Another way to increase your odds of that “Lucky Shot” is to train yourself to anticipate the outcome of whatever event is happening in front of your lens. Anticipate the future so you will be ready and have your camera pointed to where the action will be. This does take some practice, but if you stay in the same place for a while and study your surroundings, you begin to learn to anticipate what will happen. For example, the pelicans in the previous image would frequently soar up above a wave about to break and then come back down and fly along it in single-file formation. Knowing this information helped me better predict where the birds would be and point my camera to that location before the birds arrived and the wave crested.
A common misconception in photography is that it is a documentary media which records everything without bias. If that were the case, there should be no discernable difference in the images produced when you put a group of photographers in front of the same scene – and yet, you will rarely see similar pictures made in these types of situations. The reason for this, and a big part of consistently getting that “Lucky Shot,” is that photography is about seeing rather than just looking. According to Britannica Dictionary:
To look means to direct your eyes in a particular direction, whereas to see means to notice or become aware of (someone or something) by using your eyes.
Becoming aware is when we engage our brain to evaluate what something means to us and how we will react to the information. New York photographer Jay Maisel is famous for telling a workshop attendee who asked him how he, the student, could take more interesting photos – to which Jay responded, “become a more interesting person.”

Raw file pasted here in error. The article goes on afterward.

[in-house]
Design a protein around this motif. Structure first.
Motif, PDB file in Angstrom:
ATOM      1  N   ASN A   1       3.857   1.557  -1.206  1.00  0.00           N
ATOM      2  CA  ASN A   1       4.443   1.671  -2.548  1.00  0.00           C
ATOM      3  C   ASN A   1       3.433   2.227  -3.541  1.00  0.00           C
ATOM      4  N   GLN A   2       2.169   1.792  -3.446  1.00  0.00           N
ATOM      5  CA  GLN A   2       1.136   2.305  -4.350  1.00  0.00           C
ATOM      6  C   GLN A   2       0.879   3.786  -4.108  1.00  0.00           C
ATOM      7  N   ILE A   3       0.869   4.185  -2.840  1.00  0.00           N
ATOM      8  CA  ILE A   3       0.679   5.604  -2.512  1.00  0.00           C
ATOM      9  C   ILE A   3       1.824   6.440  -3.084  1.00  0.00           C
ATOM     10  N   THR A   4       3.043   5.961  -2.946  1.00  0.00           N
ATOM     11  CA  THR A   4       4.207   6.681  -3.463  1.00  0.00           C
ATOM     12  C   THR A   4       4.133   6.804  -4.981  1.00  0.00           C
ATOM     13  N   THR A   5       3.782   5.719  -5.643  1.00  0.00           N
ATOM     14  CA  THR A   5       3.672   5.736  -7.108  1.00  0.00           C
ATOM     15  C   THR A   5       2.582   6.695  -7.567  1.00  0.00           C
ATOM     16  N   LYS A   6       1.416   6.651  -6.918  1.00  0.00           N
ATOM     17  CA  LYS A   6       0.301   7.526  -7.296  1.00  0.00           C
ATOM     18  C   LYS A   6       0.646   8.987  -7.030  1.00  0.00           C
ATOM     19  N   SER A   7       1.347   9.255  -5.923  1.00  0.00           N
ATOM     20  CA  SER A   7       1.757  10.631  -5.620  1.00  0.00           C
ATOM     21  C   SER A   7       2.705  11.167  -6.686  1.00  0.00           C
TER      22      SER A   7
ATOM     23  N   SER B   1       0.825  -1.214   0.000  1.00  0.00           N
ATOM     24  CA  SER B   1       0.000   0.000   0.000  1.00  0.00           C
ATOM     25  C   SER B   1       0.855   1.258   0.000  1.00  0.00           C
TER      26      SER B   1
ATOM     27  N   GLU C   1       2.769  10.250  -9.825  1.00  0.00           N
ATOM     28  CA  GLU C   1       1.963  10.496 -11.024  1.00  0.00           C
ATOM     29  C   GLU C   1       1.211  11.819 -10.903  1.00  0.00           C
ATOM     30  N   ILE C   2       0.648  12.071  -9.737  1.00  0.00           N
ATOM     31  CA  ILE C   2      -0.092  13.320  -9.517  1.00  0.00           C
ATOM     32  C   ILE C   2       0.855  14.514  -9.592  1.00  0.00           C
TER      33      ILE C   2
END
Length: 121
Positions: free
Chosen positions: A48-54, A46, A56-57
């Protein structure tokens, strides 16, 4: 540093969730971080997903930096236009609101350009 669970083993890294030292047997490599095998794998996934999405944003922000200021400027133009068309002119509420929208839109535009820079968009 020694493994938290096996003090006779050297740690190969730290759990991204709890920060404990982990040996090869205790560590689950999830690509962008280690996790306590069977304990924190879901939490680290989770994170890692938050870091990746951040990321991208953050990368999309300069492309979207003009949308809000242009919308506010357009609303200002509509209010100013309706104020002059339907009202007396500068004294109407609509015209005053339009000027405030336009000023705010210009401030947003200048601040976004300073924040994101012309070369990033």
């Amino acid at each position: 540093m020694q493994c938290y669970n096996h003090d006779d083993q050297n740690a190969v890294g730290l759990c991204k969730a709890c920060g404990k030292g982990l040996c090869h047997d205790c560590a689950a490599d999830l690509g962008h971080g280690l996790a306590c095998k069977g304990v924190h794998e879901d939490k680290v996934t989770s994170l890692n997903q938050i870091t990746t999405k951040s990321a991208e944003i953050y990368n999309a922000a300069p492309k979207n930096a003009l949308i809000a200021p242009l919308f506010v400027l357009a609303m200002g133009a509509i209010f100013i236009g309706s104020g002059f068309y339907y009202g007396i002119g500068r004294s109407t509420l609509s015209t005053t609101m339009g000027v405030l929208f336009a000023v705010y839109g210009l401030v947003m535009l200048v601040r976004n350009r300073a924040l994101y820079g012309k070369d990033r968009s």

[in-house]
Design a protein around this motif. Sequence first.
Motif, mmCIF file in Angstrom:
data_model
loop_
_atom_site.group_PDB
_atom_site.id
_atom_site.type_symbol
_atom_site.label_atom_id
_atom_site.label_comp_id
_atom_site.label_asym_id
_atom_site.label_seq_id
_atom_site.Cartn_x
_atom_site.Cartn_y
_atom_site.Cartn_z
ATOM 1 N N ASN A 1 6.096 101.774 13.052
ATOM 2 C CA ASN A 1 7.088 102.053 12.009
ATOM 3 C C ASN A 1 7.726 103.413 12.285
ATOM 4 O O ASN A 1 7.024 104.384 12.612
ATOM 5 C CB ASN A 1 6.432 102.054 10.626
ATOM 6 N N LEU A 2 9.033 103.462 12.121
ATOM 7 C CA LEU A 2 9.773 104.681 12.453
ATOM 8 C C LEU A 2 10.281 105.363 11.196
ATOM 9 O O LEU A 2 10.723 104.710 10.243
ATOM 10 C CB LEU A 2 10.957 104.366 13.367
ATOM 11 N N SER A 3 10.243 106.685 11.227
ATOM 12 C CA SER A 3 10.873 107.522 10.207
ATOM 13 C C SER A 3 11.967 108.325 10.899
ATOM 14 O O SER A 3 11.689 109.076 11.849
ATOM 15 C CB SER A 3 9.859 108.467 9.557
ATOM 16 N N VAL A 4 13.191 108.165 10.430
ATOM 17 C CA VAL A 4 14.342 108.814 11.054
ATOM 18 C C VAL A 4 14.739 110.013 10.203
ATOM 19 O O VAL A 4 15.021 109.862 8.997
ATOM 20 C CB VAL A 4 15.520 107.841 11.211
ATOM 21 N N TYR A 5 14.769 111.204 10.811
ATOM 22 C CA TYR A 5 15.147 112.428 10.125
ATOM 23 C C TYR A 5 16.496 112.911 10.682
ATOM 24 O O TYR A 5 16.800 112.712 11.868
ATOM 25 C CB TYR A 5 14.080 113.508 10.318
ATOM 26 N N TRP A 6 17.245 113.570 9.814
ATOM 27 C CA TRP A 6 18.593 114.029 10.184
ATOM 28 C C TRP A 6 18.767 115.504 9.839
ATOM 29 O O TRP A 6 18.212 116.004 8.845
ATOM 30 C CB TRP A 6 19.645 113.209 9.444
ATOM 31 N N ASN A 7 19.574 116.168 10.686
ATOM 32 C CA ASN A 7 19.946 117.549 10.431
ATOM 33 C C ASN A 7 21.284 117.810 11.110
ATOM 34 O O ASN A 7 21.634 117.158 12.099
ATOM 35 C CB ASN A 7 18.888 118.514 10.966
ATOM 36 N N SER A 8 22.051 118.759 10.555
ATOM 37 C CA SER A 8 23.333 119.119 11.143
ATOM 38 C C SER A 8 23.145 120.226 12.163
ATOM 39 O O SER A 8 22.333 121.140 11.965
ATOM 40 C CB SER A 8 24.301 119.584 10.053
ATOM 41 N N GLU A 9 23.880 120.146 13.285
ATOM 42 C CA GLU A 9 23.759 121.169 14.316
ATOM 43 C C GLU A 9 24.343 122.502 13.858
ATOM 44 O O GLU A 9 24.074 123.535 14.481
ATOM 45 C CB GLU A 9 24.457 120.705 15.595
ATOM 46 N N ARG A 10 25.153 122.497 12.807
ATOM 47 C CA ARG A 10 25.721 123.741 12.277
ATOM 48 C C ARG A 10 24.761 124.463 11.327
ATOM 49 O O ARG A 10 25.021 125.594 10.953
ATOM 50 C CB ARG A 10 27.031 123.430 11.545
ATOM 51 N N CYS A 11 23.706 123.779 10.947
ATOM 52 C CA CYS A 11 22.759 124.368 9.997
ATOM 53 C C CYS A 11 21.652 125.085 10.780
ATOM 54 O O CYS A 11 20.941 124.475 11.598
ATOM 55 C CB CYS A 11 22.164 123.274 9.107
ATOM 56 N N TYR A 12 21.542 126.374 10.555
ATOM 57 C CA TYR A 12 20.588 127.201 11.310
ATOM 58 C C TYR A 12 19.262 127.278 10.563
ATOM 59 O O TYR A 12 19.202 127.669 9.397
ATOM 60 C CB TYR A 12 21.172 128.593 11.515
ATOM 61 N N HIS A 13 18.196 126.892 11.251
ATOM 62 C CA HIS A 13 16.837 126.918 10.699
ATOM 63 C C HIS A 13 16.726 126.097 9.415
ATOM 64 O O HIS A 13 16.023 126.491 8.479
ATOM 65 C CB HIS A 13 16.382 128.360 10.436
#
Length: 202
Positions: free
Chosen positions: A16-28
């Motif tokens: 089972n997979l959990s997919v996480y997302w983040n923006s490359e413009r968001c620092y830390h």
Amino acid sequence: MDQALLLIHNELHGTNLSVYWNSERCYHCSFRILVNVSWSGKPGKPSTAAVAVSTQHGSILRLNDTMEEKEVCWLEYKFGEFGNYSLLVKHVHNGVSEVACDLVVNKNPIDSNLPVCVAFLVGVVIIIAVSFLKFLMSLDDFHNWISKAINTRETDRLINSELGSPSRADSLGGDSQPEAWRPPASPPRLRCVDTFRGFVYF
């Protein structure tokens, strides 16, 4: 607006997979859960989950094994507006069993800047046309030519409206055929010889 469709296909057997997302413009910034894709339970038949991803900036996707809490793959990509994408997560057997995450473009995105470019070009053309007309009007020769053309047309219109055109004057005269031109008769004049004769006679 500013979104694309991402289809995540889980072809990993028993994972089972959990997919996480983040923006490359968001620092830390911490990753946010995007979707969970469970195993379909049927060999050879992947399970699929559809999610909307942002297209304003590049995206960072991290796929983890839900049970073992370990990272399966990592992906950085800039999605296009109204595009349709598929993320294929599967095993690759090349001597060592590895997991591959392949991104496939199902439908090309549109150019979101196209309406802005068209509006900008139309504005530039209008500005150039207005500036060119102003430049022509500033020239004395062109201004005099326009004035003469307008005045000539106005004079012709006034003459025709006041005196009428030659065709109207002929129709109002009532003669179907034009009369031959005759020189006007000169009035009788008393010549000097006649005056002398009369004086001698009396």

Great photos are a more likely outcome when a photographer engages with the scene based on their own experience and ideas, and the person with a more intriguing background and experiences will almost always come away with more exciting photographs. In terms of luck, this frequently means anticipating what will happen. The more thoughts and ideas we have about the world, the more likely we will take advantage and predict the outcome of an unfurling event in front of our camera.
While the previous idea is based on the life and built-up experiences of the artist until now and, therefore, not a quick way to increase your luck, ongoing reading and studying of the visual arts and travel to new and foreign places will improve your photography tremendously.
Don’t buy more gear. Buy and read more books.
The Decisive Moment
As previously alluded, photography takes place instantly when you press the shutter. Henri Cartier-Bresson refers to this as the Decisive Moment:
To me [Cartier-Bresson], photography is the simultaneous recognition, in a fraction of a second, of the significance of an event and the precise organization of forms that give that event its proper expression.